lunch. Pvt. Goodwin pulled out his fiddle and entertained everyone.
October, lunch was an old German recipe of wieners and sauerkraut with spaetzle...
which proved to be rather tasty.
3 pm, the Union infantry marched through our camp, heading towards the old
6 pounder was crewed up awaiting a development in the
the Hughes gun detachment relaxed in front of the trading post.
by Carleen Sabin
the reports of musket fire could be heard and then the heavier sounds of cannon
by Carleen Sabin
Captain ordered the 6 pdr to fire counter battery...
by Carleen Sabin
...and the cannon
by Carleen Sabin
by Carleen Sabin
the battle developed, the Union forces were pushed back towards the
the Hughes Gun...
...was rolled out from its hiding place...
...and went into
Photo by Carleen Sabin
The smoke hung in the autumn air.
Photo by Carleen Sabin
The Captain then noticed a few Confederates flanking our
position and ordered those cannoneers with firearms to provide
support. Pvt. Ednie grabbed up his Spencer
carbine and it along with Pvt. Bjorglund and Cpl. Johnson’s revolvers repulsed the
the flanking Rebels taken out, the cannoneers resumed their duties on the guns and
fired several more rounds at the Confederates still fighting near the Bowen’s
Photo by Carleen Sabin
our artillerymen fought, a local TV station filmed the action for
the battle, Sgt. Chapman was seen heading up the hill towards the barns and was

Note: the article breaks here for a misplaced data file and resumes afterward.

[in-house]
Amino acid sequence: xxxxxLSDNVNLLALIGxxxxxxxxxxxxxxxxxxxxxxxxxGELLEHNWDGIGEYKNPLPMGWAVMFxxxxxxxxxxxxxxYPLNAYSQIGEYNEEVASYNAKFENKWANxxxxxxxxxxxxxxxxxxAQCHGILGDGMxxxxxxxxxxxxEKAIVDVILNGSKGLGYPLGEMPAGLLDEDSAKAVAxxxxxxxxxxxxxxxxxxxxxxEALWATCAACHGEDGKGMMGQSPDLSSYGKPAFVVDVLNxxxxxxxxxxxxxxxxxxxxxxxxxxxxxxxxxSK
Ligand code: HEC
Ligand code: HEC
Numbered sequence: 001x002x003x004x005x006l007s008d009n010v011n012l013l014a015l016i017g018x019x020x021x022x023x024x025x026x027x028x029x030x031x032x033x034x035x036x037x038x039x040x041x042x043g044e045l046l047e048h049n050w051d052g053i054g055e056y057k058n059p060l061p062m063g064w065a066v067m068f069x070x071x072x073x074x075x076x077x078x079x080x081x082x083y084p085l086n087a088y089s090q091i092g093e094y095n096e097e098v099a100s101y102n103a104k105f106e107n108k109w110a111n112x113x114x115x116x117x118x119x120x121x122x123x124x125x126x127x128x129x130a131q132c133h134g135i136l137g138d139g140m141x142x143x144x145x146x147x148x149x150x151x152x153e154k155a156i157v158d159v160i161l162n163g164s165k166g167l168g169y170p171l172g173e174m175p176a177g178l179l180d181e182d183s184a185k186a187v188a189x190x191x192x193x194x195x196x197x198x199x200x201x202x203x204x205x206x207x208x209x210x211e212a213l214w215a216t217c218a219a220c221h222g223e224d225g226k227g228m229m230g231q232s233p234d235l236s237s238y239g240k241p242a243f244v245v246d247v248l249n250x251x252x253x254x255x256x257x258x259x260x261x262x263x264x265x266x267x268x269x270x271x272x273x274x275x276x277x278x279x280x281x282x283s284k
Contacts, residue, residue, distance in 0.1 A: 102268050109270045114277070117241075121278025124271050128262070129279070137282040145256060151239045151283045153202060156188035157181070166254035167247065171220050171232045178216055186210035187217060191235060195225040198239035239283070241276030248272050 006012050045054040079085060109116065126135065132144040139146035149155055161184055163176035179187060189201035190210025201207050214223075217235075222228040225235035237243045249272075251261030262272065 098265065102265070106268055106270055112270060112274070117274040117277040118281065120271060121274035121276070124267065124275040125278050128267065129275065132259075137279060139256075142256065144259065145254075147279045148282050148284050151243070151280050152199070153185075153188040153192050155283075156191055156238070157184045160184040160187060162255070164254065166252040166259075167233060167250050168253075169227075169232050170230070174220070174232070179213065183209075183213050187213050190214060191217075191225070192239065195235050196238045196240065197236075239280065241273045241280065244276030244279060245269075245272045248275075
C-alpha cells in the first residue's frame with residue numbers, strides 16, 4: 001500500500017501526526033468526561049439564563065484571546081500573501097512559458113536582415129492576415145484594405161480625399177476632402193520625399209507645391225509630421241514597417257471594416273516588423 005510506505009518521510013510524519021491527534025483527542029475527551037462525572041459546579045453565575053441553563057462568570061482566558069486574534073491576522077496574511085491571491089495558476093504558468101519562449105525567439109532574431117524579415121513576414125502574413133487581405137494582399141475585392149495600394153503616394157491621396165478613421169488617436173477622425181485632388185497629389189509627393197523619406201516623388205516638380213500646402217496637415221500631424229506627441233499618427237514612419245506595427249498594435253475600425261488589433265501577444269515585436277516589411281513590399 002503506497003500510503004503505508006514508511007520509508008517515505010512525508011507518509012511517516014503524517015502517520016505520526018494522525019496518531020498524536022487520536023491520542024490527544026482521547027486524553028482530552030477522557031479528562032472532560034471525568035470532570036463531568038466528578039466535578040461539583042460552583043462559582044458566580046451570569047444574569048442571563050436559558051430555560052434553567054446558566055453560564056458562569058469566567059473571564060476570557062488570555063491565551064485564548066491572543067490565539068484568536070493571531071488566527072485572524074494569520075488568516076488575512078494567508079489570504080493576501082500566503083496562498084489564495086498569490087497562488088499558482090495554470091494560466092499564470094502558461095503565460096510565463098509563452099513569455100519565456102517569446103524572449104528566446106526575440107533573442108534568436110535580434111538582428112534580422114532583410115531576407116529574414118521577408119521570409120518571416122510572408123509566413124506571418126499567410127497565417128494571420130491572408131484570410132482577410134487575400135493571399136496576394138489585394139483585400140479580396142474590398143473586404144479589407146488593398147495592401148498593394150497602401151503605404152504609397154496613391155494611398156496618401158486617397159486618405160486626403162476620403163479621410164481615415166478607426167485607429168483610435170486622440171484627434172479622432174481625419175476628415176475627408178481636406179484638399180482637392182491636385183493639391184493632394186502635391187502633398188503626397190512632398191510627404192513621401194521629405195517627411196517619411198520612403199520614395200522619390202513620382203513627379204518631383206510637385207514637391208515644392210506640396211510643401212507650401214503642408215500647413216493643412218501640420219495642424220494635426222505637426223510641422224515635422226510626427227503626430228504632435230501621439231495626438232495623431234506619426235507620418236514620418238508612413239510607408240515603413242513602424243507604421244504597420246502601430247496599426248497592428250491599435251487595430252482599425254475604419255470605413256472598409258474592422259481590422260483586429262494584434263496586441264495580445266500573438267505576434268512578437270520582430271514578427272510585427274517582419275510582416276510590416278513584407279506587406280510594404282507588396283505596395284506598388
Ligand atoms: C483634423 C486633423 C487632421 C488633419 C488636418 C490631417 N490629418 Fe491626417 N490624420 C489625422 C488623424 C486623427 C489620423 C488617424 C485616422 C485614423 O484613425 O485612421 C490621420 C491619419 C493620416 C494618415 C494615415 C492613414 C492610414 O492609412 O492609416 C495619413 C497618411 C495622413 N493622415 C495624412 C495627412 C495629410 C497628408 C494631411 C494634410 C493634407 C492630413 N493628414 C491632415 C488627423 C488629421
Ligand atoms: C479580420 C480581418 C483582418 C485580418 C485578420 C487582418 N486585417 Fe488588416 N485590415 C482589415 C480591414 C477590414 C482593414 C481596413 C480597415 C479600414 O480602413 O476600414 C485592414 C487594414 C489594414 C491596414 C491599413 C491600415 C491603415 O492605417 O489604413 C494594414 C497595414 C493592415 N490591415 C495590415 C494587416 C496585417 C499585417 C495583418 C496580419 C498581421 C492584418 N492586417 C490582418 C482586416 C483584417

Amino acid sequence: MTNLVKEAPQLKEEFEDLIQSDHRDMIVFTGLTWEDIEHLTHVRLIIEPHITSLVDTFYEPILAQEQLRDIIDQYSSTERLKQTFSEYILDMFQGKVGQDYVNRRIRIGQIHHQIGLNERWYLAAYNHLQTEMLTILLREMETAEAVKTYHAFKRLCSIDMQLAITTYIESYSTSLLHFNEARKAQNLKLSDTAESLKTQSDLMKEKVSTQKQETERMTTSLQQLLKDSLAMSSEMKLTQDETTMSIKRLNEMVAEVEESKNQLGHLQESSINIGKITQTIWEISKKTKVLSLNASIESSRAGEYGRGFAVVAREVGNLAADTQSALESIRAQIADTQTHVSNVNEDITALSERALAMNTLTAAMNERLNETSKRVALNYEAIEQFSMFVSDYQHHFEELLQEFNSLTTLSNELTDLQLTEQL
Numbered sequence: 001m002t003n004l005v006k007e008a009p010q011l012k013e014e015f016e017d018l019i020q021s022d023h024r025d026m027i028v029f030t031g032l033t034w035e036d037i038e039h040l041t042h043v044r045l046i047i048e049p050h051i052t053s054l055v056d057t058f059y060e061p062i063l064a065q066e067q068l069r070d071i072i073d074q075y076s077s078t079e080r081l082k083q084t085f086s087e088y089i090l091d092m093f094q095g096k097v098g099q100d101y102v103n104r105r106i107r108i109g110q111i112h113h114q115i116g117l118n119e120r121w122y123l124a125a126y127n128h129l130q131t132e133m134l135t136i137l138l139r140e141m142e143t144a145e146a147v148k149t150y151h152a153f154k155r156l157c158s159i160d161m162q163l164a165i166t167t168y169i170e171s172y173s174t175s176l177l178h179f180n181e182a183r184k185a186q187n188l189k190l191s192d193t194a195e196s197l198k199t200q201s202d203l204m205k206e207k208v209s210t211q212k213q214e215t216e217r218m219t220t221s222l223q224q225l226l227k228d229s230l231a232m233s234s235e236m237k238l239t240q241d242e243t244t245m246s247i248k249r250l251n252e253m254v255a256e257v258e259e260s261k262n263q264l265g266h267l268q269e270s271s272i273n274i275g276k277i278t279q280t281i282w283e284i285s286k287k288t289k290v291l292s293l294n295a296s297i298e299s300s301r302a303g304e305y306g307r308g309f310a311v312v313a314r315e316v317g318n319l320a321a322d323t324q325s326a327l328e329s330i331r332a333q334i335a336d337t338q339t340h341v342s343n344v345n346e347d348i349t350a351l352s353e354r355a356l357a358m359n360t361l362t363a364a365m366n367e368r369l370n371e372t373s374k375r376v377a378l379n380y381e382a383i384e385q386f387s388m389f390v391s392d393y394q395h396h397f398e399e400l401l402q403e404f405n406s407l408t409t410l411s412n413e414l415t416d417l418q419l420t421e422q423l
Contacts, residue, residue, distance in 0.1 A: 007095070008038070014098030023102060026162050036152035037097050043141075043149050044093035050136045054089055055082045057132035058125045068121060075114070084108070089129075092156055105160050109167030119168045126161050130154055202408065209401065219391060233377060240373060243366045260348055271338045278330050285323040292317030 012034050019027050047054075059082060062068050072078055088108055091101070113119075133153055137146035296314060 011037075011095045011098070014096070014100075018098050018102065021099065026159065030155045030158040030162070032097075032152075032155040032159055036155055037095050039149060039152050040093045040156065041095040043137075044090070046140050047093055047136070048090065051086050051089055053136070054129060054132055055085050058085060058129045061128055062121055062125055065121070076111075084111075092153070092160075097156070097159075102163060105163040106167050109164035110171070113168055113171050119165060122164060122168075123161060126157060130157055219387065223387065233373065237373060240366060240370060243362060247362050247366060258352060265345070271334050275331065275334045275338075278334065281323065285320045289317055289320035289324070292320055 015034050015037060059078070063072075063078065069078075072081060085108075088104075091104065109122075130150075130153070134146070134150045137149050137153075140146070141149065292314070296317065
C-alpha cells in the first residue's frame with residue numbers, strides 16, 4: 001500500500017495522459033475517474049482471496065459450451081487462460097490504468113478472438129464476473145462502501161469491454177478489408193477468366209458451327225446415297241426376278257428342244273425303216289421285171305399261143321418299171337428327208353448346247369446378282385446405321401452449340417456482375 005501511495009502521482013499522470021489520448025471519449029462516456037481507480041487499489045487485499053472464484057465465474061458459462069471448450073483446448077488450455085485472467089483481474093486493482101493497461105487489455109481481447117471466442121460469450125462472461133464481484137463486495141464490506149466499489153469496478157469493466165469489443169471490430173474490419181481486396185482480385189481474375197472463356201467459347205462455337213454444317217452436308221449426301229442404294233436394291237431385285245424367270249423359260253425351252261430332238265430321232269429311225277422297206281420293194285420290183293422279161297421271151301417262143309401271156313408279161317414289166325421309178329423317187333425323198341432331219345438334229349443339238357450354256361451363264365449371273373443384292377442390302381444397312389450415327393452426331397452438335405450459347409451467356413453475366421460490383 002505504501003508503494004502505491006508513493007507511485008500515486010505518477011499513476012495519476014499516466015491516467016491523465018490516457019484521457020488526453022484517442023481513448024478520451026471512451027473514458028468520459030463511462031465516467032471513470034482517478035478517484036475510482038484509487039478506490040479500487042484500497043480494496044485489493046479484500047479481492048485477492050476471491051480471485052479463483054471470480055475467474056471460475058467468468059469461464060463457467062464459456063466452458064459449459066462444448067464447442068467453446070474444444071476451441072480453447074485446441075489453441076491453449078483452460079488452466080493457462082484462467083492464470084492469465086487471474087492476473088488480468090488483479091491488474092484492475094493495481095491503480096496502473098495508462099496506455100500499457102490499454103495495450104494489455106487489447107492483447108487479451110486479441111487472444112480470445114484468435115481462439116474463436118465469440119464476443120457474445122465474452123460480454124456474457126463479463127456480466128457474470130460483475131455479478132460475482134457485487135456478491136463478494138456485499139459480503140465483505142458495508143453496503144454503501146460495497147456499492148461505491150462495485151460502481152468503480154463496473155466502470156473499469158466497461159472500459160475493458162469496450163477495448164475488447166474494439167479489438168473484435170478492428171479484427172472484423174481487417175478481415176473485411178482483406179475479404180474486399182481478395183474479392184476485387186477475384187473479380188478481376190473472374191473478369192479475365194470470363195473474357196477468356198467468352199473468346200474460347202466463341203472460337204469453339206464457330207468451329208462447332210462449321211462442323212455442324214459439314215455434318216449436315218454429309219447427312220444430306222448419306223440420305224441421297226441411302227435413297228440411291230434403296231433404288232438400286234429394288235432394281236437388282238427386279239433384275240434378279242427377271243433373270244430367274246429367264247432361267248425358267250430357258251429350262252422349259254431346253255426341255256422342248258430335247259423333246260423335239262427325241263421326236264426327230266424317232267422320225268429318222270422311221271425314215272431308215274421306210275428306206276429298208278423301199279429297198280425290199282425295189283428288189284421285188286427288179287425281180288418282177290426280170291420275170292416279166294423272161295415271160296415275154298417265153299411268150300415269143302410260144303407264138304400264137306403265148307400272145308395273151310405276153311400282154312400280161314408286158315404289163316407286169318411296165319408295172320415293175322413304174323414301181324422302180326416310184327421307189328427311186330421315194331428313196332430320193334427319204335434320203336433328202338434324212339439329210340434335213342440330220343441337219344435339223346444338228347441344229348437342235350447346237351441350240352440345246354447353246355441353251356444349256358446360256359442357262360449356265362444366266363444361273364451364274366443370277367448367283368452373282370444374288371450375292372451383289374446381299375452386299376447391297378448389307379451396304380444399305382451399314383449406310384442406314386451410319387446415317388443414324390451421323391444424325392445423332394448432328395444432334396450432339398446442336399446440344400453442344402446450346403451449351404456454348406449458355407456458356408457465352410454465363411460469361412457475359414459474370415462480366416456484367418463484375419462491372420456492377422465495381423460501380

caught in an affectionate moment with Taco. (It should be remembered that last
year Taco was rumored to have spread several cases of alpacasyphilitis to the
men.) Later that evening Sgt. Chapman was sent home, mentioning that he was
the cannoneers prepared a supper of beef and noodles and several more of
our men left camp on leave of absence.
Lewis arrived to help offset our losses.
After supper we sat around the fire, talking until 11 pm then turned in for the night.
Dave and Jacob rolled out their bedrolls near the Merrimac stove and spent the
night under the stars. It got colder overnight than it had on Friday,
but they managed to get some sleep in between throwing more wood into the stove
for warmth. When the Captain awoke on Sunday morning, the fire was already going quite
nicely. Bugler Goodwin roused the soldiers in the barracks with reveille.